Broadcasters unite for major campaign tackling vaccine hesitancy among ethnic minorities

The ad will run simultaneously on ITV, Channel 4 and Channel 5 as research shows lower vaccine take-up among ethnic minority communities.

#TakeTheVaccine: celebrities appear in video which is estimated to reach 10 million people
#TakeTheVaccine: celebrities appear in video which is estimated to reach 10 million people

The UK’s major commercial broadcasters have come together to air a campaign encouraging ethnic-minority communities to get vaccinated against Covid-19.

The TV ad roadblock, #TakeTheVaccine, will run simultaneously on ITV, Channel 4 and Channel 5, as well as on some Sky TV channels and STV, at 9:56pm tonight (18 February). 

The BBC will not show the film, since its charter prevents it from taking part in campaigns, but it will cover the topic in some radio and TV programmes on Thursday. 

The broadcasters estimate the campaign will reach an audience of 10 million. 

The three-and-a-half minute video features prominent figures, including Adil Ray, Moeen Ali, Denise Lewis, Romesh Ranganathan, Meera Syal, David Olusoga and Beverley Knight, who address vaccine hesitancy among ethnic-minority communities.

They debunk myths about the vaccine, such as it containing animal products, not being halal or causing infertility. "There's no chip or tracker in the vaccine to keep watching where you go," Ranganathan says in the ad. "Your mobile phone actually does a much better job of that."

The video will also run today during a webinar event organised by the British Asian Trust, which will address vaccine hesitancy and feature Prince Charles, London mayor Sadiq Khan and vaccine minister Nadhim Zahawi, among others. 

The campaign will also run across digital out-of-home sites in partnership with Clear Channel. It was managed by Samir Ahmed, founder of cultural diversity specialist agency Media Hive, with creative support from the ad agency Engine.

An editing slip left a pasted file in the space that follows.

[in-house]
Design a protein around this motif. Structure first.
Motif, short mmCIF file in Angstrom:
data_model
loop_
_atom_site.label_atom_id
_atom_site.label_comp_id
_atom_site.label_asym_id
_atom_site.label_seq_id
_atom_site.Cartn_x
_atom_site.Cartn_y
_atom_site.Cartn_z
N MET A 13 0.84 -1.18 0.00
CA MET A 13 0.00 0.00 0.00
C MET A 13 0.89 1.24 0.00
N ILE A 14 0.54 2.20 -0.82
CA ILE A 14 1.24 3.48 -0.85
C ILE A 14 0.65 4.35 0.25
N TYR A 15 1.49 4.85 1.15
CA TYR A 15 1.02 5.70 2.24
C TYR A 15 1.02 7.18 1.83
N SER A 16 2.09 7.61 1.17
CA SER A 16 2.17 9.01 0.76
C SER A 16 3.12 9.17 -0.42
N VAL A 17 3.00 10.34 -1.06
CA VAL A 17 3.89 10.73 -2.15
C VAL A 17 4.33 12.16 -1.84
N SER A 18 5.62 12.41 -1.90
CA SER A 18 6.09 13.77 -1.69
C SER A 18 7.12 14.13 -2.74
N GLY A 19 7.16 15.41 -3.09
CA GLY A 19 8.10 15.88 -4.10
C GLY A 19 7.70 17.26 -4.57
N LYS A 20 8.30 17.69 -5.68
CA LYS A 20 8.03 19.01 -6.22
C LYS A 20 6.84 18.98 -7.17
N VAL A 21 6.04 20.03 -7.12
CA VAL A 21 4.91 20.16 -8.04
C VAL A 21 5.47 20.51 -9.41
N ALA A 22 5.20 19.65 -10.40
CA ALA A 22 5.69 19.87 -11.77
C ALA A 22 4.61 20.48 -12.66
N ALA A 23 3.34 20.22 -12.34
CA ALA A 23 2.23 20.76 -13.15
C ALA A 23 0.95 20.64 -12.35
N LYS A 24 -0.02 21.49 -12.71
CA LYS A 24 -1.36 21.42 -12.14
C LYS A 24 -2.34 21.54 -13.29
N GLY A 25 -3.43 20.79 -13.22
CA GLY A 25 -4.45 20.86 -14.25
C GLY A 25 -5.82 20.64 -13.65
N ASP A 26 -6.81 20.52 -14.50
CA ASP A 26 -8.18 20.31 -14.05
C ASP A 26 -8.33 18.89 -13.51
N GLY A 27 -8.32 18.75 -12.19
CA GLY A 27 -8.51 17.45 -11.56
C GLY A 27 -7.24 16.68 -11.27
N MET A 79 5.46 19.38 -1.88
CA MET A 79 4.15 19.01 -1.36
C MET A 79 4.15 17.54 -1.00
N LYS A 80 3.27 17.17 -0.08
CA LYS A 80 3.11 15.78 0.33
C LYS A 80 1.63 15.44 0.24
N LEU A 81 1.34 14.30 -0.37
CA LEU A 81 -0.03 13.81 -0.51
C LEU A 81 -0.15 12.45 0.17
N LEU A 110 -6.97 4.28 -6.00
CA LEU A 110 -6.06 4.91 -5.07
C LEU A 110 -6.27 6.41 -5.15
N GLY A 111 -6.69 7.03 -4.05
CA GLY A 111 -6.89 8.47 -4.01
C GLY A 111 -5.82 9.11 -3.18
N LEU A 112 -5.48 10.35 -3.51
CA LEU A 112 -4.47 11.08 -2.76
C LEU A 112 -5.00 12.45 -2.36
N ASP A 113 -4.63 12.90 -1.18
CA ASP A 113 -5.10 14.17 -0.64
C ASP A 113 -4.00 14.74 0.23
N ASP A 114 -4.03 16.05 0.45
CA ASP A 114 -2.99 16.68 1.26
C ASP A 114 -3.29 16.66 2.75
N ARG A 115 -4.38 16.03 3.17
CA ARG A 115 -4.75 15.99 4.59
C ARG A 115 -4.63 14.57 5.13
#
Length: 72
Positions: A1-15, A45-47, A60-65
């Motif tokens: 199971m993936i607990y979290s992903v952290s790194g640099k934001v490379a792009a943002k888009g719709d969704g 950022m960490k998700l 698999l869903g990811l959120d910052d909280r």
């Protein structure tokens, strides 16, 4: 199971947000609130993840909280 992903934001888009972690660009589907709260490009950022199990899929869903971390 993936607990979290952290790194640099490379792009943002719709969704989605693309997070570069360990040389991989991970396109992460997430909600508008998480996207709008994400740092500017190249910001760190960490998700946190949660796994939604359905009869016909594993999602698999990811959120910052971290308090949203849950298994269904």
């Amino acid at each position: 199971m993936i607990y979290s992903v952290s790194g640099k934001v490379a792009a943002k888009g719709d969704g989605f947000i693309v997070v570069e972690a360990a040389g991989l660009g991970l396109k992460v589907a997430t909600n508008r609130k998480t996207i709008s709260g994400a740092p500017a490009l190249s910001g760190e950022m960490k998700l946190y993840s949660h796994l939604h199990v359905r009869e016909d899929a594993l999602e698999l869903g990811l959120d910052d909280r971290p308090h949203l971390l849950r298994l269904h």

The initiative follows research that shows black, Asian and ethnic-minority people are less likely to get vaccinated than white people among those aged 80 and above in England. 

Yet ethnic minorities have also been disproportionately affected by the pandemic, with higher Covid-19 death rates compared with white people. 

An earlier version of the film ran online in January and was reshot and re-edited for this campaign. Ray, who created and stars in the series Citizen Khan, organised the video and said: “We are in unprecedented times and the fact remains this pandemic disproportionately affects people from ethnic minority communities.

“It's heartening to see all the major broadcasters come together in an equally unprecedented television broadcast at this crucial time – an indication of how serious this situation is. We must all engage and encourage one another to do the right thing. The message is simple: take the vaccine, save lives.”

There have been other efforts to tackle misinformation about the Covid vaccine among ethnic minorities, such as a video from think tank The Runnymede Trust in January which encouraged people to take the vaccine and included contributions from the chief rabbi Ephraim Mirvis, Imam Mohammed Mahmoud of East London mosque and Bishop Rose Hudson-Wilkin.

Last week, NHS England released a campaign encouraging older people to get the vaccine, which featured Sir Elton John and Sir Michael Caine.


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